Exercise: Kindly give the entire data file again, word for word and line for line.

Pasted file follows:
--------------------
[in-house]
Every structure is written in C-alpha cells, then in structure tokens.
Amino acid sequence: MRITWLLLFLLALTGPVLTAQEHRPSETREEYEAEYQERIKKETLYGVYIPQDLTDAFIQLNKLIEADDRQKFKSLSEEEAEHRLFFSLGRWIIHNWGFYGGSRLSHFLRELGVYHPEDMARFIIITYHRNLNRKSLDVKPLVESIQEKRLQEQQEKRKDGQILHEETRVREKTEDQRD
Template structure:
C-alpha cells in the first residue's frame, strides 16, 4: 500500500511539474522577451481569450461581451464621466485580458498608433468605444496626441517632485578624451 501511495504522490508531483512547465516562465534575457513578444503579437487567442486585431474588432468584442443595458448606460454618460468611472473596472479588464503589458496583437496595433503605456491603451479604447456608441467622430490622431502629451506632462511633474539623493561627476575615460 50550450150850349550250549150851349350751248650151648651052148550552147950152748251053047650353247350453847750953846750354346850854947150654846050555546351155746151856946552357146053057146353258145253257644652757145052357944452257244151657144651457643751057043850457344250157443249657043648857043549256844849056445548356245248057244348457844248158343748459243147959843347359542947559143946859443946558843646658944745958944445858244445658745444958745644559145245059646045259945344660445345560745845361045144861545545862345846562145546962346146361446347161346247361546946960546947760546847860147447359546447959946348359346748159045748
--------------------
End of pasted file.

[in-house]
Every structure is written in C-alpha cells, then in structure tokens.
Amino acid sequence: MRITWLLLFLLALTGPVLTAQEHRPSETREEYEAEYQERIKKETLYGVYIPQDLTDAFIQLNKLIEADDRQKFKSLSEEEAEHRLFFSLGRWIIHNWGFYGGSRLSHFLRELGVYHPEDMARFIIITYHRNLNRKSLDVKPLVESIQEKRLQEQQEKRKDGQILHEETRVREKTEDQRD
Template structure:
C-alpha cells in the first residue's frame, strides 16, 4: 500500500511539474522577451481569450461581451464621466485580458498608433468605444496626441517632485578624451 501511495504522490508531483512547465516562465534575457513578444503579437487567442486585431474588432468584442443595458448606460454618460468611472473596472479588464503589458496583437496595433503605456491603451479604447456608441467622430490622431502629451506632462511633474539623493561627476575615460 50550450150850349550250549150851349350751248650151648651052148550552147950152748251053047650353247350453847750953846750354346850854947150654846050555546351155746151856946552357146053057146353258145253257644652757145052357944452257244151657144651457643751057043850457344250157443249657043648857043549256844849056445548356245248057244348457844248158343748459243147959843347359542947559143946859443946558843646658944745958944445858244445658745444958745644559145245059646045259945344660445345560745845361045144861545545862345846562145546962346146361446347161346247361546946960546947760546847860147447359546447959946348359346748159045748